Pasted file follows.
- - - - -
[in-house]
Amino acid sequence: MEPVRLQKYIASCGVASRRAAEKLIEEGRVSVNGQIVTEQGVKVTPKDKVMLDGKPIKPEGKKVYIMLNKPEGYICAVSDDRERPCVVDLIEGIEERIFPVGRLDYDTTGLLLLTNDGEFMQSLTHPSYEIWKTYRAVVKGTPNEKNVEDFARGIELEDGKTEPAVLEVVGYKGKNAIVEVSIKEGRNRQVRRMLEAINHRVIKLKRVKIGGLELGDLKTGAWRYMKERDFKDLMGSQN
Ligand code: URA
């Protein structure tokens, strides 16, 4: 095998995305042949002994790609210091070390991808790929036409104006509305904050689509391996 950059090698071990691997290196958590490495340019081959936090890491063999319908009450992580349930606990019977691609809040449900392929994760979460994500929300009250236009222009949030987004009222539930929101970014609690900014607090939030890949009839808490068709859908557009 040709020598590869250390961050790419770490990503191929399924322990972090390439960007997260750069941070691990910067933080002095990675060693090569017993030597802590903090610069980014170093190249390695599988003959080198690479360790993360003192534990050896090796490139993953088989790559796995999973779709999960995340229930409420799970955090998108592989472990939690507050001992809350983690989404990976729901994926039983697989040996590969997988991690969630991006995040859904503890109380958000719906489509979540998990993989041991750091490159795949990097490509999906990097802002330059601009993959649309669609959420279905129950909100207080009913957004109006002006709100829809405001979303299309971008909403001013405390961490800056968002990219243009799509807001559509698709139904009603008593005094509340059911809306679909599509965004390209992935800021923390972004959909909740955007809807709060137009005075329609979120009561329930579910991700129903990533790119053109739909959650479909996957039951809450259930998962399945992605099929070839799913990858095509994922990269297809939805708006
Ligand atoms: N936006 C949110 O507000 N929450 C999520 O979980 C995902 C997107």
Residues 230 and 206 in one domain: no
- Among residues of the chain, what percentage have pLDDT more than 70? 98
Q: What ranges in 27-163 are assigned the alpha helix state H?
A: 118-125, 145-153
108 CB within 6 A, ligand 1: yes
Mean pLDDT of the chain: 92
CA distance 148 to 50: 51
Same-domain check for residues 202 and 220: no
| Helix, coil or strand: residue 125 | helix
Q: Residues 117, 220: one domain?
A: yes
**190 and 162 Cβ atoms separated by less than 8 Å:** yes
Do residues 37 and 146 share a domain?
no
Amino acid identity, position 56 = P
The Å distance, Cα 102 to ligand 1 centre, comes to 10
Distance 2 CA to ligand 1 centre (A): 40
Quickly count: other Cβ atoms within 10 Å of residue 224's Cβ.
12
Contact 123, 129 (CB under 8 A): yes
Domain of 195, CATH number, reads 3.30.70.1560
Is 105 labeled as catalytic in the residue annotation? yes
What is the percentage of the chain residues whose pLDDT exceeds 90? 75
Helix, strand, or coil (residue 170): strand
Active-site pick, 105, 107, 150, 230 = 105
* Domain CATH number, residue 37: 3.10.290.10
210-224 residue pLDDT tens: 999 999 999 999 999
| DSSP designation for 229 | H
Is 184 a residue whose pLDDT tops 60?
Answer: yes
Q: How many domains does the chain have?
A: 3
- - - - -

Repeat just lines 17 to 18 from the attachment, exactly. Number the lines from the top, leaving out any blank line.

**190 and 162 Cβ atoms separated by less than 8 Å:** yes
Do residues 37 and 146 share a domain?